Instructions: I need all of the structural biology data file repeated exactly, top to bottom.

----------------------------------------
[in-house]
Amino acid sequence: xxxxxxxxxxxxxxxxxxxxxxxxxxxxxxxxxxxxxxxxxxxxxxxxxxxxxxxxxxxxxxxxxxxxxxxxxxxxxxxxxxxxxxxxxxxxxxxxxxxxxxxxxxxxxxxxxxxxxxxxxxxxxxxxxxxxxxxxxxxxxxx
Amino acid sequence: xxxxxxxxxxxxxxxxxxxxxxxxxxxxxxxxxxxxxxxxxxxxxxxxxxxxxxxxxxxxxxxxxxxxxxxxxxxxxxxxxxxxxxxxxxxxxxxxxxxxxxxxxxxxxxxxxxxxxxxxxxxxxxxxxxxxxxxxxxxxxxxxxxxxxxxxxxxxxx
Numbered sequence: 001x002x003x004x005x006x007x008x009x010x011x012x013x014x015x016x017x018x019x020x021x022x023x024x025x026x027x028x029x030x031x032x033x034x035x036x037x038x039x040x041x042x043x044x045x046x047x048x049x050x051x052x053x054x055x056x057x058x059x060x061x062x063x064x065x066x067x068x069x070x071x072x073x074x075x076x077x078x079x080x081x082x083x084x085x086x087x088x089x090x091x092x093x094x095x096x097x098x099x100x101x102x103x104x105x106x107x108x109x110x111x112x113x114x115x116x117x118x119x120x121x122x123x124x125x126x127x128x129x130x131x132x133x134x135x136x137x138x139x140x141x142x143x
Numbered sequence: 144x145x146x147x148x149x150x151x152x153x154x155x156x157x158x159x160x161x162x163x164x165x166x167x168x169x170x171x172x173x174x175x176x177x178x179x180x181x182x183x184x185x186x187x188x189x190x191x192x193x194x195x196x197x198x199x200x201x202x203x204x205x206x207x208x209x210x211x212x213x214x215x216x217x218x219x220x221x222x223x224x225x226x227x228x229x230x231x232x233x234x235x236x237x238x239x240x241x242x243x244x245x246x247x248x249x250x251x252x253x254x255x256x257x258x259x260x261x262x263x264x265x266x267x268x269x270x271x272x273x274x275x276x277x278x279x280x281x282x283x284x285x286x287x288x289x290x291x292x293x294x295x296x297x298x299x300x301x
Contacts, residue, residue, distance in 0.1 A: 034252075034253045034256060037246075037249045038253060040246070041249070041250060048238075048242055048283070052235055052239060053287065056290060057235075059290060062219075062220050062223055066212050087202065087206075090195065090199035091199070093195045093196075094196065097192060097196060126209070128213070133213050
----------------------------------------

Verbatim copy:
[in-house]
Amino acid sequence: xxxxxxxxxxxxxxxxxxxxxxxxxxxxxxxxxxxxxxxxxxxxxxxxxxxxxxxxxxxxxxxxxxxxxxxxxxxxxxxxxxxxxxxxxxxxxxxxxxxxxxxxxxxxxxxxxxxxxxxxxxxxxxxxxxxxxxxxxxxxxxx
Amino acid sequence: xxxxxxxxxxxxxxxxxxxxxxxxxxxxxxxxxxxxxxxxxxxxxxxxxxxxxxxxxxxxxxxxxxxxxxxxxxxxxxxxxxxxxxxxxxxxxxxxxxxxxxxxxxxxxxxxxxxxxxxxxxxxxxxxxxxxxxxxxxxxxxxxxxxxxxxxxxxxxx
Numbered sequence: 001x002x003x004x005x006x007x008x009x010x011x012x013x014x015x016x017x018x019x020x021x022x023x024x025x026x027x028x029x030x031x032x033x034x035x036x037x038x039x040x041x042x043x044x045x046x047x048x049x050x051x052x053x054x055x056x057x058x059x060x061x062x063x064x065x066x067x068x069x070x071x072x073x074x075x076x077x078x079x080x081x082x083x084x085x086x087x088x089x090x091x092x093x094x095x096x097x098x099x100x101x102x103x104x105x106x107x108x109x110x111x112x113x114x115x116x117x118x119x120x121x122x123x124x125x126x127x128x129x130x131x132x133x134x135x136x137x138x139x140x141x142x143x
Numbered sequence: 144x145x146x147x148x149x150x151x152x153x154x155x156x157x158x159x160x161x162x163x164x165x166x167x168x169x170x171x172x173x174x175x176x177x178x179x180x181x182x183x184x185x186x187x188x189x190x191x192x193x194x195x196x197x198x199x200x201x202x203x204x205x206x207x208x209x210x211x212x213x214x215x216x217x218x219x220x221x222x223x224x225x226x227x228x229x230x231x232x233x234x235x236x237x238x239x240x241x242x243x244x245x246x247x248x249x250x251x252x253x254x255x256x257x258x259x260x261x262x263x264x265x266x267x268x269x270x271x272x273x274x275x276x277x278x279x280x281x282x283x284x285x286x287x288x289x290x291x292x293x294x295x296x297x298x299x300x301x
Contacts, residue, residue, distance in 0.1 A: 034252075034253045034256060037246075037249045038253060040246070041249070041250060048238075048242055048283070052235055052239060053287065056290060057235075059290060062219075062220050062223055066212050087202065087206075090195065090199035091199070093195045093196075094196065097192060097196060126209070128213070133213050